Maverick Sabre // Live Review & Photoset

13th April | Trinity

Photos: Lee Ramsey

Immediately struck by Olivia Dean’s youthfulness, age is clearly no barrier for her. After just her first song, I overheard someone compare her to Jorja Smith, but she also moulds Jill Scott’s smooth rasp and the the peppy bounce of a young Rihanna. Her straight-talking, millennial tunes contemplate simple life happenings, like nights down at the pub and falling in love with someone a little wiser than you.

I’m assuming she and her band, consisting of keys, bass and drums, all met at The Brit School where she studied. Either way, they are making one hell of a good thing happen. Simple soul-pop grooves had us swaying and grinning the whole way through, stripped back to showcase her vocals, but vibing just enough energy. She expressed her maturity with a cover of Angie Stone’s ‘Wish I Didn’t Miss You’ and ended on her best tune, ‘Reason To Stay’, which is available on Spotify for your happy absorption.

Following my recent interview with Maverick Sabre and gauging the truck load of passion he piles into his work, I knew his performance at Trinity would be one to log in the top ten list. But I’m not sure I was prepared for the incredible response of the crowd or how slick his chat would be. Having strained his voice in Liverpool, and thus cancelling his Brighton and Birmingham shows, he showed no signs of defeatism as soon as he hit the stage.

Maverick is a hypnotic leader. He commanded the crowd to raise their hands and chant back at him with ease and stamina, never giving up on the idea that the experience was as much as ours as it was his. In moments of euphoria, he clenched his fists like a footballer scoring at the World Cup and the elation surged through us all.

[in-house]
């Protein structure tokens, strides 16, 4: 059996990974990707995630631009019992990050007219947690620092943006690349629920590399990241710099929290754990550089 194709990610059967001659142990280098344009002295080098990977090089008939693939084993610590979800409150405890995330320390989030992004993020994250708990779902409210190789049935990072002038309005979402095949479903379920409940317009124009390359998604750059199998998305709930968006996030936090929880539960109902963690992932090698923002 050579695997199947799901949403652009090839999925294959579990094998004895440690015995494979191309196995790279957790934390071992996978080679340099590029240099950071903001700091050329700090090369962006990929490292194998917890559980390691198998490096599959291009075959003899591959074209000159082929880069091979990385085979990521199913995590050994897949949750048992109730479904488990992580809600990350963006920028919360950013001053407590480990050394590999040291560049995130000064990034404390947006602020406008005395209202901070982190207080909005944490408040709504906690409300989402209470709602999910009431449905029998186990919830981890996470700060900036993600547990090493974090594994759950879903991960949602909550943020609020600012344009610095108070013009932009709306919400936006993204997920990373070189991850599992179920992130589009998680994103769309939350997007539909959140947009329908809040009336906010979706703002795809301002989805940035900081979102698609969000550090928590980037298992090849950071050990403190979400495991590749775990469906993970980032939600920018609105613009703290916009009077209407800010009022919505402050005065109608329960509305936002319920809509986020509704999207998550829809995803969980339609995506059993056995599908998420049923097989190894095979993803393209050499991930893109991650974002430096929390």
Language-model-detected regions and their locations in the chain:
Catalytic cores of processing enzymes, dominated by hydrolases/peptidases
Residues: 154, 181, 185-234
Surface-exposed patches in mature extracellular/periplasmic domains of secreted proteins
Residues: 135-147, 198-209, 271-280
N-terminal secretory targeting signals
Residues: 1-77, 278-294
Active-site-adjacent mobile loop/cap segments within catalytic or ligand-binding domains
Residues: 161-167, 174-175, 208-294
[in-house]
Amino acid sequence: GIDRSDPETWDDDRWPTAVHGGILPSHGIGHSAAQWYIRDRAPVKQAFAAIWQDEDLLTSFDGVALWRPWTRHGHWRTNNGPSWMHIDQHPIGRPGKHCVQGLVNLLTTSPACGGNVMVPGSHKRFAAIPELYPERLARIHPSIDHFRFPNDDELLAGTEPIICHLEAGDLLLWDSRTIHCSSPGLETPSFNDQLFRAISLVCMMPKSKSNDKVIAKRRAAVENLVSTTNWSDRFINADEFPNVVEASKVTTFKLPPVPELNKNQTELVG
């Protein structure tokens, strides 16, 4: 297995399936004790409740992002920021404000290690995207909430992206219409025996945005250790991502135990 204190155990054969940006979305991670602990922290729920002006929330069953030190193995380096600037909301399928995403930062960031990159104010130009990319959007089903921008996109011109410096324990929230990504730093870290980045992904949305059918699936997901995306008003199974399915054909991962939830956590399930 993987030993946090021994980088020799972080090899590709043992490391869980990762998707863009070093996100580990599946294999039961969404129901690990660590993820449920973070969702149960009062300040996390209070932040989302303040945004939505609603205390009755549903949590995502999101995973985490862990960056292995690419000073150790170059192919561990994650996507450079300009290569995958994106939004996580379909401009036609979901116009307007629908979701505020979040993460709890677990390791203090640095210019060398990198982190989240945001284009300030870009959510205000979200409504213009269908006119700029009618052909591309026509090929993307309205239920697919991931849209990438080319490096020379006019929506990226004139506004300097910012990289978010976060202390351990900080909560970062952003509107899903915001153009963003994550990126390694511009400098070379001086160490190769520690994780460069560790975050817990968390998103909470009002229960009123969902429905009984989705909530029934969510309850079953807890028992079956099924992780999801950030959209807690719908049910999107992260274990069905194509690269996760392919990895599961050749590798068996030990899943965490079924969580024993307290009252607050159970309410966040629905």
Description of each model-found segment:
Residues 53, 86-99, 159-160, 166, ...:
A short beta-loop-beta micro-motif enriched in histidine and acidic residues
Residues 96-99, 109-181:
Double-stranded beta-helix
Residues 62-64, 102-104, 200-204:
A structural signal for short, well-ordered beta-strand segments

As well as grabbing tracks from his latest album, When I Wake Up including some of my favourites ‘Into Nirvana’ and ‘Drifting’, he tickled us with his older hits too like ‘Let Me Go’. Three quarters of the way through the set, an abrupt mic drop and stage exit for the rest of the band other than the guitarist led to his reappearance for the two to duet ‘Shooting The Stars’. At this point, showmanship became second priority to his voice, demonstrating his ability to drift through modest R&B, folk and soul traits whilst sticking to his fierce, forthright nature.

Alone on stage, the atmosphere was stripped back once more, to him playing acoustic versions on guitar of ‘Sometimes’ and ‘I Need’. It reminded me again that at the core of his creativity lies ruthless messages, worldly regrets and a yearning to mend society through music. His sharp band rejoined him to end his set, so the energy lifted one last time.

Maverick rejoiced in gratitude for the Bristol crowd. I proudly scanned the room, admiring our city’s devotion to quality acts once more. He is a preacher of pure love through music. Grab a ticket for his November tour before its inevitable sell-out.

See Maverick Sabre perform ‘Her Grace’ with Chronixx for COLORS here: